James Latham was born in 1659 in Plymouth. He died 6 February 1738 in Bridgewater, Massachusetts. James married Deliverance Alger on 10 April 1690 in East Bridgewater. Deliverance was born in 1669 in Bridgewater to Thomas Alger and Elizabeth Packard. She died 1 January 1749 in East Bridgewater.  

 Thomas Latham was born 30 July 1693 in Bridgewater. He died in 1769 in Beaufort County, North Carolina. Thomas married Deborah Harden on 19 March 1712 in Bridgewater. Deborah was born 29 July 1694 in Norfolk County, Massachusetts. She died on 5 September 1732 in Bridgewater. Thomas was a millwright.

 Cornelius Latham was born in 1720 in Prince William County, Virginia. He died in 1800 in Randolph County, North Carolina. Cornelius married Mary Horton. Mary was born in 1697 in Westmoreland County, Virginia. She died in 1737 in Virginia.

 John Latham I was born in 1748 in Prince William County, Virginia. He died in January 1818 in Randolph County, North Carolina. John married Susannah Henderson in 1770 in Hawkins County, Tennessee. Susannah was born 2 October 1744 in Green County, North Carolina. She died 10 September 1799 in Grainger County, Tennessee.

 John Latham II was born in 1762 in Beaufort County. North Carolina. He died in 1838 in Shelby County, Texas. John married Mary Susan Andrews in 1782 in North Carolina. Mary Susan was born in 1770 in North Carolina. She died about 1842 in Shelby County, Texas. John II owned and operated a ferry on the Sabine River.

 John Latham III was born in 1790 in Beaufort County, North Carolina. He died in 1855 in Shelby County, Texas. John married, 1st, Marquerita Rosalie Sims in 1807 in Natchitoches, Louisiana. Marquerita was born in 1791 in Ayish Bayou, Texas to Richard Sims and Maria de la Concepcion Perez. Marquerita died in 1842 in Shelby County, Texas. John III and Marquerita were the first Anglo settlers in Shelby County, Texas.

 Samuel Houston Latham was born in 1836 in Shelby County, Texas. He died 27 June 1862 in Corinth, Mississippi. Houston and his younger brother Stephen were both Civil War casualties. Houston married Rebecca Faye Payne in 1855 in Shelby County. Rebecca was born 13 October 1838 in Shelby County to John Clinton Payne and Nancy Elizabeth White. Rebecca died 17 May 1918 in Shelby County. She never remarried.

 William Alvin Latham was born 24 January 1858 in Shelby County, Texas. He died on 18 July 1918 in Shelby County. Alvin married Mary Josephine Holt in 1875 in Shelby County. Mary Josephine was born 2 July 1853 in Shelby County to Solomon T. Holt and Rhoda Ann Choate. Mary Josephine died 28 May 1934 in Shelby County.

William Alvin Latham

William Alvin Latham

Mary Josephine Holt

Mary Josephine Holt

William Pearl Latham was born 3 October 1890 in Shelby County. He died 22 December 1973 in Orange County, Texas. Pearl married, 1st, Annie Elizabeth Lane Brittain on 16 October 1910 in Shelby County. Annie was born on 6 August 1892 in Shelby County to Thomas Franklin Brittain and Sarah Addie Biggs. Annie died 1 May 1982 in Shelby County. Grandpa Pearl took great pride in trying to convince the women in the family to name their baby boys William.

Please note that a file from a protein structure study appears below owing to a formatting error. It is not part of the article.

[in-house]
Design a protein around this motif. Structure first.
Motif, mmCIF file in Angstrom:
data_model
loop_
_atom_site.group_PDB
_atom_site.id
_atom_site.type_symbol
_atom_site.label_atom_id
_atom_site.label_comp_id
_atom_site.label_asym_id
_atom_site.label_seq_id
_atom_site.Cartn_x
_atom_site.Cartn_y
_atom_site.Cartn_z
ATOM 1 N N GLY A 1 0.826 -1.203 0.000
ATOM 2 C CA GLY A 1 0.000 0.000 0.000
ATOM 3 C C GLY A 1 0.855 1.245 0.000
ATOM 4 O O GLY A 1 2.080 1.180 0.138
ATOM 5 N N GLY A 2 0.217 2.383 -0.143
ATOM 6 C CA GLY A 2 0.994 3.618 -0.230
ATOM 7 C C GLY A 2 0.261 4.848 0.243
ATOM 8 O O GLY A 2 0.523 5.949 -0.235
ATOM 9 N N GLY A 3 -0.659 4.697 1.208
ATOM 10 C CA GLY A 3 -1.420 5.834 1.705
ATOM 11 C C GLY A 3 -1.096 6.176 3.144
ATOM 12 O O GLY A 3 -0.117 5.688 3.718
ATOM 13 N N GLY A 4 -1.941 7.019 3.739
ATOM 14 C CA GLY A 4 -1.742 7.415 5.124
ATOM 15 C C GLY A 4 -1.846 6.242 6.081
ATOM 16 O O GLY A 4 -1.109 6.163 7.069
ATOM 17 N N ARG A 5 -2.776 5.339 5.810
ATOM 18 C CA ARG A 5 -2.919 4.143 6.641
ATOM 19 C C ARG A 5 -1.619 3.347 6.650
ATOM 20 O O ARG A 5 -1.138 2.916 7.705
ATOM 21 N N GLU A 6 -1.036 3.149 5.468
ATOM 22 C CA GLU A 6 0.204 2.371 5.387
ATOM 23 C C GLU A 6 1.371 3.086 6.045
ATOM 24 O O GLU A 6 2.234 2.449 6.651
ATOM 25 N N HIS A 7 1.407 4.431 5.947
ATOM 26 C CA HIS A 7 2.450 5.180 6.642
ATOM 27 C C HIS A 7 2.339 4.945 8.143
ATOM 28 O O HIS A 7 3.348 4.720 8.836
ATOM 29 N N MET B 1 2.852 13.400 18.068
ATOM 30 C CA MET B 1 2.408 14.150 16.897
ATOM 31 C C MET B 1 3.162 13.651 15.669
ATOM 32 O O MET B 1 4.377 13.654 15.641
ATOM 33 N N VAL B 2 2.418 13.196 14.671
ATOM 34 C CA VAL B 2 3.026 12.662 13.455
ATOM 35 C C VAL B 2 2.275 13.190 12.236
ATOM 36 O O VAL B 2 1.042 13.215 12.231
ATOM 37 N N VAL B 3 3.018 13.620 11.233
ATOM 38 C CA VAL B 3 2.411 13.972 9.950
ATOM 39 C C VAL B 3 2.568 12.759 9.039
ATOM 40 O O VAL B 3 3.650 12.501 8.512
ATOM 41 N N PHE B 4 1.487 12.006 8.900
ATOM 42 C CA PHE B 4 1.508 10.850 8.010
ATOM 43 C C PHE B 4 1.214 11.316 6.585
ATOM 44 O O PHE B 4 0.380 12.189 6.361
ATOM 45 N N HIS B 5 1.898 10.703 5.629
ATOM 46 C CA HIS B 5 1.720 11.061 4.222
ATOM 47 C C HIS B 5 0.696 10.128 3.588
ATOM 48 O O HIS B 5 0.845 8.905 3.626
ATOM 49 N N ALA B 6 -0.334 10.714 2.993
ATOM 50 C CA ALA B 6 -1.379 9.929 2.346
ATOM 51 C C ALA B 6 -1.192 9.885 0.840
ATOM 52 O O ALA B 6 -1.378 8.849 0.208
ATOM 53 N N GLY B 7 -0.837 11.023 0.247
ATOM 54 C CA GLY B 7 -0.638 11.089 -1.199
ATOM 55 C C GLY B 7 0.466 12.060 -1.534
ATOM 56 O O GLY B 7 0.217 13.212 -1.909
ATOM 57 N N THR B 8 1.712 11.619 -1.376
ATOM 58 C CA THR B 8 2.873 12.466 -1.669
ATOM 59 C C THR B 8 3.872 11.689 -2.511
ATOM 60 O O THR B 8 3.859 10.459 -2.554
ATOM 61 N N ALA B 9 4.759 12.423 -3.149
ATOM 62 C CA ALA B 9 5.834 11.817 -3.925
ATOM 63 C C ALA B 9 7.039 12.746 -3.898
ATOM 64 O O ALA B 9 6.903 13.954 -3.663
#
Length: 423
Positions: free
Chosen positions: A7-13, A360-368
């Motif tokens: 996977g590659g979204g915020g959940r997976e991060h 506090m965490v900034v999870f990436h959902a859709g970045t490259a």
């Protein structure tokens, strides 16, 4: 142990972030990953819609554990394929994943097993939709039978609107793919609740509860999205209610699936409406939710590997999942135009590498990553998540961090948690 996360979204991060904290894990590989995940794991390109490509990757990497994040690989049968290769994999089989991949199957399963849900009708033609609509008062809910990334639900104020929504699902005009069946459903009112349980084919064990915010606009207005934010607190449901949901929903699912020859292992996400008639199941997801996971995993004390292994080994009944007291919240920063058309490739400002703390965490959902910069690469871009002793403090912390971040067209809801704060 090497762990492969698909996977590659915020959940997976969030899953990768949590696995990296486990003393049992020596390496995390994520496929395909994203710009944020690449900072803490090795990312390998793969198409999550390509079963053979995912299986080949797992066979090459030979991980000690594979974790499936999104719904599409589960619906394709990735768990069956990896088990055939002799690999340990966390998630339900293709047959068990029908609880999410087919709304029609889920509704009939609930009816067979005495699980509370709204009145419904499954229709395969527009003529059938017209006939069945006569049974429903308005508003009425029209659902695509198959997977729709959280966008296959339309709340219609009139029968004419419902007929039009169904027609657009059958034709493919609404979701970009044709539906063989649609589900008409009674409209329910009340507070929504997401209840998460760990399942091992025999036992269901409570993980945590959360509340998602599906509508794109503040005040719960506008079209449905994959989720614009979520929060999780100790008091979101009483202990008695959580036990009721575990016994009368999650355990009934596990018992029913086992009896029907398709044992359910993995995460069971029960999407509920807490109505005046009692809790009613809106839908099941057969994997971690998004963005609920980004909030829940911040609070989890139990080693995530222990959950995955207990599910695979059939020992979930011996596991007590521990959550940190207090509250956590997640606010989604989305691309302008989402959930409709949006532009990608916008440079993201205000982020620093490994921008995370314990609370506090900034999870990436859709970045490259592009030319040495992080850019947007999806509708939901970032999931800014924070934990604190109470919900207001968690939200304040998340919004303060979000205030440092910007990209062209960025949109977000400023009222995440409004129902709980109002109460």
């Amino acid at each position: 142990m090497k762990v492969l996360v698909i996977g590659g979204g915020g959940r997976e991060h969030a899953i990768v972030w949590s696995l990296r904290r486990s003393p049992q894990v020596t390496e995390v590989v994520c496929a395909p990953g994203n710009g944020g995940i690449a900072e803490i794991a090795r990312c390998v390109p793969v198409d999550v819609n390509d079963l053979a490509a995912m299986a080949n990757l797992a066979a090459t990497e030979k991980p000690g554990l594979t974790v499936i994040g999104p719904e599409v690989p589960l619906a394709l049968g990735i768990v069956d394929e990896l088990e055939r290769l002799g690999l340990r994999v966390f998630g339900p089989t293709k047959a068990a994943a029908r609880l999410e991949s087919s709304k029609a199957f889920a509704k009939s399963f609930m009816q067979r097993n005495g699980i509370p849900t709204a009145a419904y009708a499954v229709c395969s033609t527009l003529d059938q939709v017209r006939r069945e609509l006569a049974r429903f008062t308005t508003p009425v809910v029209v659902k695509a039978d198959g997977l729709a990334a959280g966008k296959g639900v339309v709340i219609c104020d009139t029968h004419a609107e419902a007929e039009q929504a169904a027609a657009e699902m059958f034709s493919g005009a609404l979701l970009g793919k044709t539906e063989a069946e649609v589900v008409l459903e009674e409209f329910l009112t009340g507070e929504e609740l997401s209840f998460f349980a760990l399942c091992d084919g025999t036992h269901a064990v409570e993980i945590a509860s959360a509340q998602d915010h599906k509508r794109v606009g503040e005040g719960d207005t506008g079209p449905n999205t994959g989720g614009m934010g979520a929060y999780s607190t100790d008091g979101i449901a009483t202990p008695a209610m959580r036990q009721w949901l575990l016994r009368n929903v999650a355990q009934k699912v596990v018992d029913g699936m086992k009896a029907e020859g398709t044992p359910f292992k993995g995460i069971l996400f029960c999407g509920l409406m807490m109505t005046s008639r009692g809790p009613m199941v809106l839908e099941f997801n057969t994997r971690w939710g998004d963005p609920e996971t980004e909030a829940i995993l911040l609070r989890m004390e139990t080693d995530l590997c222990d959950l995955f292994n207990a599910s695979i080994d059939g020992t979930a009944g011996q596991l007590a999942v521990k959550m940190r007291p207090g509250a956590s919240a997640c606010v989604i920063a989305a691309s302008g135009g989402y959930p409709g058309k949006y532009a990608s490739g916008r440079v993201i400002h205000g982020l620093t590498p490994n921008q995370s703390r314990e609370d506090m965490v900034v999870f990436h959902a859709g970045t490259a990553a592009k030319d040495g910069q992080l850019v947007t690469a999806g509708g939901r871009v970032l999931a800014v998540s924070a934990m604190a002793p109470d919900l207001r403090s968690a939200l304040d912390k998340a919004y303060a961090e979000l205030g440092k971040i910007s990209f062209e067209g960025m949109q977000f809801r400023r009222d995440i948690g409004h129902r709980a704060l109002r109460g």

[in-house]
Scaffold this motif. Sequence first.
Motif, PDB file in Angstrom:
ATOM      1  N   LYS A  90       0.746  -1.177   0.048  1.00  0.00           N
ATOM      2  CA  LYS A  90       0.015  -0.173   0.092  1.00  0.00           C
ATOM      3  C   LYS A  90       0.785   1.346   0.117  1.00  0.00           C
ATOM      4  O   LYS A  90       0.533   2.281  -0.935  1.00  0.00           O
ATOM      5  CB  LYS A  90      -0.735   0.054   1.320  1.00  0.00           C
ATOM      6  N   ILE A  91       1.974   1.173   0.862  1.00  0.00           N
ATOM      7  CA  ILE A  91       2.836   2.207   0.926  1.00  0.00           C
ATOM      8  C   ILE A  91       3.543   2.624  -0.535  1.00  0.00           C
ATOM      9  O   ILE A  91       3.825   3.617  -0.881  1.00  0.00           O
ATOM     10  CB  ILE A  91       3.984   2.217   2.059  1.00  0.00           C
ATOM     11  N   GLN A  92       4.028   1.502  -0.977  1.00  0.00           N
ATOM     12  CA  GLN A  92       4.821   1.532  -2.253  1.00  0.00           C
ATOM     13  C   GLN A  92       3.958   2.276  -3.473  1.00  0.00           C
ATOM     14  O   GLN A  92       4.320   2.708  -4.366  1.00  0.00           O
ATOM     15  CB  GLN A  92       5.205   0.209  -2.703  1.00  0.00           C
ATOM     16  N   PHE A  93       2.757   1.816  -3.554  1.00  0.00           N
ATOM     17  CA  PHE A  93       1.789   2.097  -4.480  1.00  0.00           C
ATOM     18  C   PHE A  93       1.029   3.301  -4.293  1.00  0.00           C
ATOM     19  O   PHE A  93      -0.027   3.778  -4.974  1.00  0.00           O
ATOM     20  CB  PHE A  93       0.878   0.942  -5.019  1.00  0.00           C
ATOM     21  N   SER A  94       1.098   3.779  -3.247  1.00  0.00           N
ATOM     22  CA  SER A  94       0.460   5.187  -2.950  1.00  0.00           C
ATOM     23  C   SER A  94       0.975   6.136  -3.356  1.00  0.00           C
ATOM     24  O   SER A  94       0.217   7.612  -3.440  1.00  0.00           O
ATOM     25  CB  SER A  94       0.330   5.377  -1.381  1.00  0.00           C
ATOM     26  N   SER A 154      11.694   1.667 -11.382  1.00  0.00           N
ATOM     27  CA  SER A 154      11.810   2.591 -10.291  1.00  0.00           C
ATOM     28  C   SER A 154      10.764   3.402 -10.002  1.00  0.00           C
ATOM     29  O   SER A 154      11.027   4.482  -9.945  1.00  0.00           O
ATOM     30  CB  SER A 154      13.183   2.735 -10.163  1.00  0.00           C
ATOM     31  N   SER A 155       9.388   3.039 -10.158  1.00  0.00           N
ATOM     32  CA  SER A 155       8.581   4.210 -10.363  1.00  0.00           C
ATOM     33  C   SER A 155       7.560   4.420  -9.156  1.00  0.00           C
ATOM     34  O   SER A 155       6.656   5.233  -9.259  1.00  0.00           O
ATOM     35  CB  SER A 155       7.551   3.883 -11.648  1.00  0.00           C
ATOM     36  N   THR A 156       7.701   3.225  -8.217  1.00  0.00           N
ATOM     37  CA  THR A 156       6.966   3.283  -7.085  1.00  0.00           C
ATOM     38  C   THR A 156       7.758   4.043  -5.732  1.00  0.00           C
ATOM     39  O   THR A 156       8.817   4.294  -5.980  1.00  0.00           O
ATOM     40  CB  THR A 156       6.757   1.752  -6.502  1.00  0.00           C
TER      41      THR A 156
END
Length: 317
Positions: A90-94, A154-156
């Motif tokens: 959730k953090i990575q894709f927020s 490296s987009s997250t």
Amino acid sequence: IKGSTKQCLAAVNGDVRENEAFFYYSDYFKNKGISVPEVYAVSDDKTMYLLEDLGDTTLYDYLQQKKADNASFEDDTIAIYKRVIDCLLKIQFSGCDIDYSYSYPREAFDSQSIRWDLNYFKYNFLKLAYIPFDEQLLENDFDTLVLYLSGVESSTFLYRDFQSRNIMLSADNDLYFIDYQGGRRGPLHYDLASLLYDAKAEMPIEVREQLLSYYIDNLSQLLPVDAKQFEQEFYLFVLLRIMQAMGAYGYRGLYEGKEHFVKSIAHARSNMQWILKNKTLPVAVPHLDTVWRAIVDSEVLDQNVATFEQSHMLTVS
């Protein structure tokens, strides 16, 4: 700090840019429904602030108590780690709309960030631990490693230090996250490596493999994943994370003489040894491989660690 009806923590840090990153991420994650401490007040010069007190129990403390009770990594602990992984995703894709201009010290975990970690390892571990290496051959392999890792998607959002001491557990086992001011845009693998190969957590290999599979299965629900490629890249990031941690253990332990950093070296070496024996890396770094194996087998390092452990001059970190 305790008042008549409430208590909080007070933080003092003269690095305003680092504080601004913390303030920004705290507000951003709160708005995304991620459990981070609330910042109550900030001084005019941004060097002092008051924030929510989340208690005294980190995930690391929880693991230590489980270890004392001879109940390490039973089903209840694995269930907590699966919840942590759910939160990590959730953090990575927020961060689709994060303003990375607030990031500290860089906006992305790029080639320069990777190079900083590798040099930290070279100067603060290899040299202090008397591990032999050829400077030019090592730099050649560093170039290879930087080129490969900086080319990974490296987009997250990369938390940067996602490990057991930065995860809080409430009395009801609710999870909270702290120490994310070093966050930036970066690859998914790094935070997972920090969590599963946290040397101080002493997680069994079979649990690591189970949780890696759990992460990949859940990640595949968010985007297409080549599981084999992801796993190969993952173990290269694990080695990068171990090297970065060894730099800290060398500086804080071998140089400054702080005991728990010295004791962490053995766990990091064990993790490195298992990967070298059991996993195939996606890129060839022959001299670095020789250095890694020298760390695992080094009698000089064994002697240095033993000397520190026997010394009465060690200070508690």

Annie Elizabeth Lane Brittain - on her wedding day in wedding dress she made

Annie Elizabeth Lane Brittain – on her wedding day in wedding dress she made

Wylma Wetah Latham was born 10 March 1923 in Shelby County. She died 19 April 2001 in Nacogdoches County, Texas. Wylma married, 1st, Ottis Brittain (Blackie) O’Quinn on 20 July 1946 in Shelby County. Blackie was born 25 Sept 1913 in Angelina County, Texas to Sidney Edward O’Quinn and Minnie Viola Kennedy. Blackie died 25 February 1979 in Sedgwick County, Kansas.

 And finally me. Born and raised in Texas!

Posted in Latham

Sir Thomas de Beauchamp and Lady Katherine de Mortimer

Thomas de Beauchamp was born 14 February 1314 and died of the plague 13 November 1369. He is buried at Warwick Castle. Thomas is the son of Sir Guy de Beauchamp the 10th Earl of Warwick and Lady Alice de Toni.

Thomas de Beauchamp and Katherine de Mortimer

Thomas de Beauchamp and Katherine de Mortimer

 After a Papal dispensation was granted Sir Thomas married Lady Katherine de Mortimer. Katherine was about fourteen years old when she and Thomas married. Their marriage was a celebration of two powerful families uniting. They had five sons and ten daughters.

Katherine is the daughter of Roger de Mortimer, 1st Earl of March and Baroness Joan de Geneville. Katherine died 4 August 1369.

Sir Thomas the 11th Earl of Warwick was one of the most powerful English military commanders in the 14th Century. His many titles (some earned, some inherited) and accomplishments include:

Military commander during the Hundred Years’ War;

Fought in all the French wars of King Edward III;

Hereditary Sheriff of Warwickshire and Leicestershire for life;

Knighted by the King and given seisin of his lands, though he was under age, 20 February 1328/1329;

Summoned for service against the Scots, 1333 and 1335;

Commissioned to negotiate a truce with Scotland, 4 May 1336, and for a final peace there, 24 July 1337, and to consider measures for the defense of the realm, 11 December 1336;

Captain of the Army against the Scots, 25 March 1337;

Warden of the March of Scotland in 1337;

Hereditary Chamberlain of the Exchequer;

Pantler at Coronations;

Marshal of England February 1343 – 1369;

One of two Marshals of the English Army at Crecy 1346 and Siege of Calais 1346-47;

Admiral of the Fleet from the mouth of Thames towards West by March 1352/3;

Constable of English Army in Gascony and commander of the Vanguard at victory over the French of Poitiers 1356;

Began the rebuilding of the Collegiate Church of Saint Mary, in Warwick, out of money received from the ransom of a French Archbishop;

Sir Thomas was also a founding member of the Most Noble Order of The Garter, in 1348. An English order of chivalry which is today Europe’s oldest national order of knighthood in continuous existence.

Sir Thomas de Beauchamp, founding member Order of The Garter

Sir Thomas de Beauchamp, founding member Order of The Garter

Posted in Uncategorized

Descendants of William Jacob Bundrum and Canzada Ann Sinyard